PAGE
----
Like the proliferation of personal motor vehicles in the first half of the twentieth century, driverless cars will fundamentally change the way we get around. As a result, issues must be addressed related to infrastructure and urban planning in order to ensure that driverless cars represent progress rather than regression.
As more driverless vehicles make their way onto city streets, urban planners must consider the potential infrastructure changes that will need to be made, especially because most cities are currently designed around traditional modes of transit: subways, buses, and manually-driven vehicles, etc.
One of these considerations is parking. The U.S. currently has at least 100 million parking spaces, and many cities rely on parking fees to fund municipal projects and operations. As more vehicles become driverless, these spaces will either be rendered unnecessary or utilized in different ways. For example, driverless cars used in rideshare programs may not need to park immediately after dropping passengers off before proceeding to their next destination.
Of course, driverless vehicles won’t just affect other cars on the road—they will also impact other methods of shared transportation. Urban residents frequently take advantage of buses, subways, trains, and other methods of community transit, but as AI-operated vehicles become increasingly efficient, planners will need to reassess the timing and volume of shared transportation to determine where and how public funds are spent.
Housing and Urban Decentralization
People who live in cities often do so because of the relative proximity to their places of work, since many major employers are centrally located in urban areas. After all, nobody likes to commute, and, in cities, few residents want to navigate busy streets or worry about expensive parking. This could all change, however, with driverless vehicles. Because most of the stress of driving comes from having to pay close attention, AI-driven cars could allow passengers to “reclaim” their commute, using the time to work or relax.
It follows that if fewer residents mind commuting, many may move back into the suburbs (or at least further away from their places of work). Urban planners may have to consider the possibility that residents will find inner cities less desirable when the relative peace and privacy of the suburbs are made more accessible thanks to driverless vehicles.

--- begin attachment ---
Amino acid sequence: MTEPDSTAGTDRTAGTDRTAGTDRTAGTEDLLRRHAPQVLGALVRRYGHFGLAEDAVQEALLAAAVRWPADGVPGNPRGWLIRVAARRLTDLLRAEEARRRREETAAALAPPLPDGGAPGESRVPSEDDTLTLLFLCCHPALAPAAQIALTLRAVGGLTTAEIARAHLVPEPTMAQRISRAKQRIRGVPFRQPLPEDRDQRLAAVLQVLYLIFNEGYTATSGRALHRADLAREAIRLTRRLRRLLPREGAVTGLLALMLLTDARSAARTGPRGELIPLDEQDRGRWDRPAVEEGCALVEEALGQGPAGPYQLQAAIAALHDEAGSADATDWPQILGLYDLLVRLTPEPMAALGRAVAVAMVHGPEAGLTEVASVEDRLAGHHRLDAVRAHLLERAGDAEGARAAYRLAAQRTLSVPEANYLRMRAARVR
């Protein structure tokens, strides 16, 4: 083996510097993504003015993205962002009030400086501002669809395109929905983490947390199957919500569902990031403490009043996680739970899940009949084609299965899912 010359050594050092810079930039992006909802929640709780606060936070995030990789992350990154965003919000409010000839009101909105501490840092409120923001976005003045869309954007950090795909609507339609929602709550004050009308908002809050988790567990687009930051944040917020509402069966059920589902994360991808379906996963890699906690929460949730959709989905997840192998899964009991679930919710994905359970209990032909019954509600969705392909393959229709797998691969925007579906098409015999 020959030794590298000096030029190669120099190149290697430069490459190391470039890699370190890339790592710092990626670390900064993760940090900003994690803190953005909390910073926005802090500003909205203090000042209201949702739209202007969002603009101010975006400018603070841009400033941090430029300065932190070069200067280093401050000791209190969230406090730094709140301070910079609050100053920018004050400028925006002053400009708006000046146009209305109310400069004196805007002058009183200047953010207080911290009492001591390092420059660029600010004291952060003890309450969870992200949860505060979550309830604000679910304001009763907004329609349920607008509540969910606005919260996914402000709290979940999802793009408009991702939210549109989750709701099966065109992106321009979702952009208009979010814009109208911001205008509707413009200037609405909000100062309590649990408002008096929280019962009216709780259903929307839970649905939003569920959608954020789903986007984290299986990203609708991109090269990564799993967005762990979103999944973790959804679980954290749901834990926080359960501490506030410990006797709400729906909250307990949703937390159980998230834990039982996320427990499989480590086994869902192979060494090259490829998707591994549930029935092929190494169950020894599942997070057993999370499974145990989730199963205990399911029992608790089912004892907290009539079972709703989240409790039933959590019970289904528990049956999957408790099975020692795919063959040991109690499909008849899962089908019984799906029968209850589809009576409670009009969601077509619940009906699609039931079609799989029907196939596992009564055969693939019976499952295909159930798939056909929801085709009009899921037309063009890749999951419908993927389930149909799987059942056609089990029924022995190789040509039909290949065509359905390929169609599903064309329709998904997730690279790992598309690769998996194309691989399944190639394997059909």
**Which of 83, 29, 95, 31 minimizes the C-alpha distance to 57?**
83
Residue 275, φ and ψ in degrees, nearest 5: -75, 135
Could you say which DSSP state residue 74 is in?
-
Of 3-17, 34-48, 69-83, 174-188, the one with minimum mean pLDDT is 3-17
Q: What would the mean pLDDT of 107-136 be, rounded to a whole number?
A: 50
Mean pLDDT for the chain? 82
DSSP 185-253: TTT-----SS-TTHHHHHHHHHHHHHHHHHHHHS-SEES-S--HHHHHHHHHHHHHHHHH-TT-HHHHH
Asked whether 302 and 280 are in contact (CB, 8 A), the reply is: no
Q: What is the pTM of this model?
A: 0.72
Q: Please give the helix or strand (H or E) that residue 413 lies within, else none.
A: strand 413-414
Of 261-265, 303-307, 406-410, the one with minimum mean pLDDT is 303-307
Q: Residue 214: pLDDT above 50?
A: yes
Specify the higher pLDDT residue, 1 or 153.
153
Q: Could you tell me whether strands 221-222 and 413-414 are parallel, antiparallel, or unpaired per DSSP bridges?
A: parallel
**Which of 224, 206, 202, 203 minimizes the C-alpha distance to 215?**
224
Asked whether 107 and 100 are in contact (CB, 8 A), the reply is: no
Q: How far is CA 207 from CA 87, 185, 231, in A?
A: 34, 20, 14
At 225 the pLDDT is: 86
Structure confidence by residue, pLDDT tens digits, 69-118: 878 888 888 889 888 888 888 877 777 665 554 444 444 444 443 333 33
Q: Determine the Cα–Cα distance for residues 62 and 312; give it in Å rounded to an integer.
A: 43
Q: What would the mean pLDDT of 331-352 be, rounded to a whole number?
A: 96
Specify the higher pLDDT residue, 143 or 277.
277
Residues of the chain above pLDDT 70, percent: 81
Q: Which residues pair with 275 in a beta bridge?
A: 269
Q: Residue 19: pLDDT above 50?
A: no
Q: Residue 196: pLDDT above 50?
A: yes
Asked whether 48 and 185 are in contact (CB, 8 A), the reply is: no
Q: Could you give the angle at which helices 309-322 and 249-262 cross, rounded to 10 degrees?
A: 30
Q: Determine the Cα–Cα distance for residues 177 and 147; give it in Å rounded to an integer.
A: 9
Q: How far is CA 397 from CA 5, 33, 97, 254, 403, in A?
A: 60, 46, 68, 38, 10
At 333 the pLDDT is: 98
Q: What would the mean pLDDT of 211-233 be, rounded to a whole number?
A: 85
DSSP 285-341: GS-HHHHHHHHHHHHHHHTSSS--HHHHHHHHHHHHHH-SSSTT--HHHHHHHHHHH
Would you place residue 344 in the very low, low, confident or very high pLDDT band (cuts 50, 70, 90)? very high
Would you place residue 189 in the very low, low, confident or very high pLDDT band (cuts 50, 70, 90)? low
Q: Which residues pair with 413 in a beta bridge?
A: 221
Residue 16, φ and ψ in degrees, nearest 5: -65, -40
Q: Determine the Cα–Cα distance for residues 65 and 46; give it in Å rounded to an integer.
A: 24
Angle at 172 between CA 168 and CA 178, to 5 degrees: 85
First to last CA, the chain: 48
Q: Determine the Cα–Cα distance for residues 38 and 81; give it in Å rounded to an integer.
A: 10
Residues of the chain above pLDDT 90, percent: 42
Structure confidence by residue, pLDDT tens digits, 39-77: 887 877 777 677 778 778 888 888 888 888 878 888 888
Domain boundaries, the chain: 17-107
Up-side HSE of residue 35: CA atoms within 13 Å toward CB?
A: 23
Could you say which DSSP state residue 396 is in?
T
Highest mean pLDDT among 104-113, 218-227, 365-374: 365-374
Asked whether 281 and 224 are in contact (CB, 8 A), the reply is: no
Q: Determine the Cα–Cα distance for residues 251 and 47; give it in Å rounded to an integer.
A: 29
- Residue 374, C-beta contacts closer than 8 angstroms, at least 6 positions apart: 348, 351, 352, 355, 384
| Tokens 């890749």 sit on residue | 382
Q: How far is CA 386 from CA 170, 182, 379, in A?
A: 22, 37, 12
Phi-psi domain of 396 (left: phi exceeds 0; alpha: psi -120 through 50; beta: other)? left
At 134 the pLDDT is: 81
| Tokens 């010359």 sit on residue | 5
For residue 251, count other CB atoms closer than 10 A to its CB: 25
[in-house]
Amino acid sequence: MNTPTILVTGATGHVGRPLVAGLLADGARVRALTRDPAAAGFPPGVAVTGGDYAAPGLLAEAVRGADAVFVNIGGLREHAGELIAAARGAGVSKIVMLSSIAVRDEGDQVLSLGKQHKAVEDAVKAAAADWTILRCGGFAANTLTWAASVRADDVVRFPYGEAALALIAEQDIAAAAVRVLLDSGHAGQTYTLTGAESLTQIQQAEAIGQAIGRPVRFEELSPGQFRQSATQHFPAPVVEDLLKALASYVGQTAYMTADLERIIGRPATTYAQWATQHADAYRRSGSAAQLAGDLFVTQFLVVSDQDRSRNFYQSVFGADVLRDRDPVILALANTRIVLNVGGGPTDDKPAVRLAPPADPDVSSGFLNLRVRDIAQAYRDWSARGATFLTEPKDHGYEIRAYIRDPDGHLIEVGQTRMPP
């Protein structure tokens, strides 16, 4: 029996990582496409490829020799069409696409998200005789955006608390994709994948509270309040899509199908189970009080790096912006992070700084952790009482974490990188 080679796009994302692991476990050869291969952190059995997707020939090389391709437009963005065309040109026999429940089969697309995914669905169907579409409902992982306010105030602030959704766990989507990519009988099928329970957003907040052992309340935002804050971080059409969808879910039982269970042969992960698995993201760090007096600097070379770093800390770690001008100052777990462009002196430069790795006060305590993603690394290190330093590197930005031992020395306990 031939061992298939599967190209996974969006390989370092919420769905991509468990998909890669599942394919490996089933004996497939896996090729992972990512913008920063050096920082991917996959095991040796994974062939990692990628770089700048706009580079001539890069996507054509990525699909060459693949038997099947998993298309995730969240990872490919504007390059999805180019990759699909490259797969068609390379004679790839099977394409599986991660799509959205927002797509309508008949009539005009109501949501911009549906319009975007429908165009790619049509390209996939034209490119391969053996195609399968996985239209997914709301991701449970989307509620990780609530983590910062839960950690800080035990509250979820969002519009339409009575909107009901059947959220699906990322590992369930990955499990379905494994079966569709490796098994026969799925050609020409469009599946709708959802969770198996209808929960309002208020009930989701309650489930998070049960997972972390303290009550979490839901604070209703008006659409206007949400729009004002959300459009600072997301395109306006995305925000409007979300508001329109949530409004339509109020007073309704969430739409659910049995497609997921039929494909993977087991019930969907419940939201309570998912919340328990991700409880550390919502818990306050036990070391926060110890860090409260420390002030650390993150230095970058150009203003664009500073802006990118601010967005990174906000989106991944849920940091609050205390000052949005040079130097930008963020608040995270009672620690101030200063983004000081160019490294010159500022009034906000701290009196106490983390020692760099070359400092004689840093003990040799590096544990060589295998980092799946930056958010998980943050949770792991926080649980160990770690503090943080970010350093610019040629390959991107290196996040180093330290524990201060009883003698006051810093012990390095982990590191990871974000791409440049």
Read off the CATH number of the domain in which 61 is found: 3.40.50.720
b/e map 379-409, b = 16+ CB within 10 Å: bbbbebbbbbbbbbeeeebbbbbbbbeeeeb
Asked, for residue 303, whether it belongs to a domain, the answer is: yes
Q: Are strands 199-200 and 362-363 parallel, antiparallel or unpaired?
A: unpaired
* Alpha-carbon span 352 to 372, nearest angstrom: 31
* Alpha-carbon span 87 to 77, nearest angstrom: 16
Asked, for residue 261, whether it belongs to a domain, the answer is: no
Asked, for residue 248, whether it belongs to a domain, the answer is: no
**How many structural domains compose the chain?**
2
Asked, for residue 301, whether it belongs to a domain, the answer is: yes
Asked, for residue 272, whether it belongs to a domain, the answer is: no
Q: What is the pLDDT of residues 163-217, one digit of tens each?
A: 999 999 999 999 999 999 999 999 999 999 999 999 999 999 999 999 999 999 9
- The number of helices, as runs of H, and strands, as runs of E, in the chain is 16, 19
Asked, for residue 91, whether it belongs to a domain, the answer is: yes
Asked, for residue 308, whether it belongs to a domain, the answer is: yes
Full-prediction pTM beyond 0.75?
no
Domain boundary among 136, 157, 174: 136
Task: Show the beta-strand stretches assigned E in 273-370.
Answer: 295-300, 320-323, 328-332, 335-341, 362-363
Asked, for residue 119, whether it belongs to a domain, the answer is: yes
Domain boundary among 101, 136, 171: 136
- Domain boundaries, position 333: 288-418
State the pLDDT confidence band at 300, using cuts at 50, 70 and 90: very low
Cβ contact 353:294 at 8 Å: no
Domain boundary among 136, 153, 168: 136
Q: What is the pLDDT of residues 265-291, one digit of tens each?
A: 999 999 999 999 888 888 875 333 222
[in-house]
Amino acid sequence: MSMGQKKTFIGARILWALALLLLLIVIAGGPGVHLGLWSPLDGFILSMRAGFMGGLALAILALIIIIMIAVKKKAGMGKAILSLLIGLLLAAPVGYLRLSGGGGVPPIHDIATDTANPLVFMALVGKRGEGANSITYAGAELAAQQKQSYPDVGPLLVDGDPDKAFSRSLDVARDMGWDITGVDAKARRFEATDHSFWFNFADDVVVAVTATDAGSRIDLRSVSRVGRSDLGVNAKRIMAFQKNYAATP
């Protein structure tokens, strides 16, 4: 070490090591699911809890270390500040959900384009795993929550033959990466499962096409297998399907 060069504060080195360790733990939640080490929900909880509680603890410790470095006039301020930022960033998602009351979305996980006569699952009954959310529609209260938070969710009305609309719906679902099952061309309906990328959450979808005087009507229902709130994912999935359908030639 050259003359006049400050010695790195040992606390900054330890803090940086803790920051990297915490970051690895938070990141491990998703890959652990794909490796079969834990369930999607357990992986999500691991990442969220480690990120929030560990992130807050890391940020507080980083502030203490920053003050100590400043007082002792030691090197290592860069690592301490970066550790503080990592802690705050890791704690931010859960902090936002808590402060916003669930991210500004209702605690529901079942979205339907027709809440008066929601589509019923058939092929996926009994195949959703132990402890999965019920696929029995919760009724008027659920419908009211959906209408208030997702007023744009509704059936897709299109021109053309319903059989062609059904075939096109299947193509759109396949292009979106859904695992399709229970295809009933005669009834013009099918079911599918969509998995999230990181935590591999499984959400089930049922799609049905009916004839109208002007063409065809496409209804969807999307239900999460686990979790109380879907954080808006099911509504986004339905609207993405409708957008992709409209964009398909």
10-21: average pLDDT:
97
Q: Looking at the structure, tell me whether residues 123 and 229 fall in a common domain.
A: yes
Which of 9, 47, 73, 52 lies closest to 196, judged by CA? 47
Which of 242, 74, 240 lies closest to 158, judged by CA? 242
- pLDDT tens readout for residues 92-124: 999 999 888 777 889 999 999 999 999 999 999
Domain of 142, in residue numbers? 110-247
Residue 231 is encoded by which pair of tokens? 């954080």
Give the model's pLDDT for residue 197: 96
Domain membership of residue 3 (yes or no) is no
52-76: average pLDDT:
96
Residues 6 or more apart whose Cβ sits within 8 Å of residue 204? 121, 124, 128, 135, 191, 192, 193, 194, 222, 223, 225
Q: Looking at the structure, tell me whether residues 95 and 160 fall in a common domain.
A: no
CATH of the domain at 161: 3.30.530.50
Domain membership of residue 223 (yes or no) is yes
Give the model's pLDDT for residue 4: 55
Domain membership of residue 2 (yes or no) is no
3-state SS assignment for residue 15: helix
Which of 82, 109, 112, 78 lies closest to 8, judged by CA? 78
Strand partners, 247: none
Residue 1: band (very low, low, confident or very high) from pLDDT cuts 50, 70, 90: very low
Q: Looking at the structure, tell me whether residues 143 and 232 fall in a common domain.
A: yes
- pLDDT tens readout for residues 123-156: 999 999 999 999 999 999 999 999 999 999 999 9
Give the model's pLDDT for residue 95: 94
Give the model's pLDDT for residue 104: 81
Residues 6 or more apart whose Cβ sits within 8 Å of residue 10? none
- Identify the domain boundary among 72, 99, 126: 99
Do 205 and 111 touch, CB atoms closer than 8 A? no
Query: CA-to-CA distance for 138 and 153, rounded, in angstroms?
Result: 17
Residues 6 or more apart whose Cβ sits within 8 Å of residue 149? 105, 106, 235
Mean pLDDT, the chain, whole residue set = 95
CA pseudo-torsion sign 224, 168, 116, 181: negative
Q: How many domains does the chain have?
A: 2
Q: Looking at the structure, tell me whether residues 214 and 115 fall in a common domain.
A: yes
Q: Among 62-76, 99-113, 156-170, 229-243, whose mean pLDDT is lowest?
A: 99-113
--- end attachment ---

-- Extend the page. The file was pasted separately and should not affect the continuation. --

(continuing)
Driverless vehicles won’t just affect urban residents, but also visitors to those same cities. For example, driverless cars may soon be used to provide tours of cities. AI could then be used to plan routes between must-see sites without negatively impacting area traffic. Tourism officials in urban destinations will need to consider how to formally and informally incorporate driverless vehicles into their plans—for example, how tour guides can be integrated into a fleet of driverless cars to give tours of urban centers or transport tourists to destinations off the beaten path. Driverless car manufacturers may also want to consider how driverless vehicles can serve tourists as well as commuters. For instance, larger windows would allow better viewing of sites as they pass by.
Looking Toward the Future
As AI-driven vehicles become increasingly common in cities around the world, urban planners will need to adopt strategies and adapt spaces to make it easier for residents to take advantage of this new technology. Of course, driverless vehicles won’t replace manually-driven vehicles (imagine having to use that phrase) or other modes of public transportation overnight, but urban planners and city officials should stay ahead of the curve by keeping AI in mind when designing and developing new neighborhoods and updating older ones.